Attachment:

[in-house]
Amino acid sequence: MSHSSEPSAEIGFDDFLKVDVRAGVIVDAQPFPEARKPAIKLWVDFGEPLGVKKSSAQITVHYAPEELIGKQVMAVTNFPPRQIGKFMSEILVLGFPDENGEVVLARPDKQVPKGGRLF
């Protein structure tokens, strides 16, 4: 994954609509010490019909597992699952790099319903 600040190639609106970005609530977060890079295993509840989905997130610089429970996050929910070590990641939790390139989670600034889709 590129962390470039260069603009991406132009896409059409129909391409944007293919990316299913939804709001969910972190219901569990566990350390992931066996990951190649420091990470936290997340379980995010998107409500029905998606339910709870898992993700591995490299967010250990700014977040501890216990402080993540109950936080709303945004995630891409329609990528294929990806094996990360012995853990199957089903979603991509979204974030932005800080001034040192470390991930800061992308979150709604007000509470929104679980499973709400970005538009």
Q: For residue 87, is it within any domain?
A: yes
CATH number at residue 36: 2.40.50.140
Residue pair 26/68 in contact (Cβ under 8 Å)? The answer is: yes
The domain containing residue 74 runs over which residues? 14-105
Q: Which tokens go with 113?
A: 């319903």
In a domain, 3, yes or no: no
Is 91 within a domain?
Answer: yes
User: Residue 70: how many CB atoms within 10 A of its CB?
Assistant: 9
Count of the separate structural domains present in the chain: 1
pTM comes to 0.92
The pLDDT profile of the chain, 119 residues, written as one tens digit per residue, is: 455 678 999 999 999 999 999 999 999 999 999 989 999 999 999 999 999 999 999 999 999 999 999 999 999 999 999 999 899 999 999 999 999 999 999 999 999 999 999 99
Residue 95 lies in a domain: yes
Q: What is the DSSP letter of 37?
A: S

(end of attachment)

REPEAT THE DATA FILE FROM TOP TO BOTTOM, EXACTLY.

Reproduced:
[in-house]
Amino acid sequence: MSHSSEPSAEIGFDDFLKVDVRAGVIVDAQPFPEARKPAIKLWVDFGEPLGVKKSSAQITVHYAPEELIGKQVMAVTNFPPRQIGKFMSEILVLGFPDENGEVVLARPDKQVPKGGRLF
């Protein structure tokens, strides 16, 4: 994954609509010490019909597992699952790099319903 600040190639609106970005609530977060890079295993509840989905997130610089429970996050929910070590990641939790390139989670600034889709 590129962390470039260069603009991406132009896409059409129909391409944007293919990316299913939804709001969910972190219901569990566990350390992931066996990951190649420091990470936290997340379980995010998107409500029905998606339910709870898992993700591995490299967010250990700014977040501890216990402080993540109950936080709303945004995630891409329609990528294929990806094996990360012995853990199957089903979603991509979204974030932005800080001034040192470390991930800061992308979150709604007000509470929104679980499973709400970005538009």
Q: For residue 87, is it within any domain?
A: yes
CATH number at residue 36: 2.40.50.140
Residue pair 26/68 in contact (Cβ under 8 Å)? The answer is: yes
The domain containing residue 74 runs over which residues? 14-105
Q: Which tokens go with 113?
A: 């319903």
In a domain, 3, yes or no: no
Is 91 within a domain?
Answer: yes
User: Residue 70: how many CB atoms within 10 A of its CB?
Assistant: 9
Count of the separate structural domains present in the chain: 1
pTM comes to 0.92
The pLDDT profile of the chain, 119 residues, written as one tens digit per residue, is: 455 678 999 999 999 999 999 999 999 999 999 989 999 999 999 999 999 999 999 999 999 999 999 999 999 999 999 999 899 999 999 999 999 999 999 999 999 999 999 99
Residue 95 lies in a domain: yes
Q: What is the DSSP letter of 37?
A: S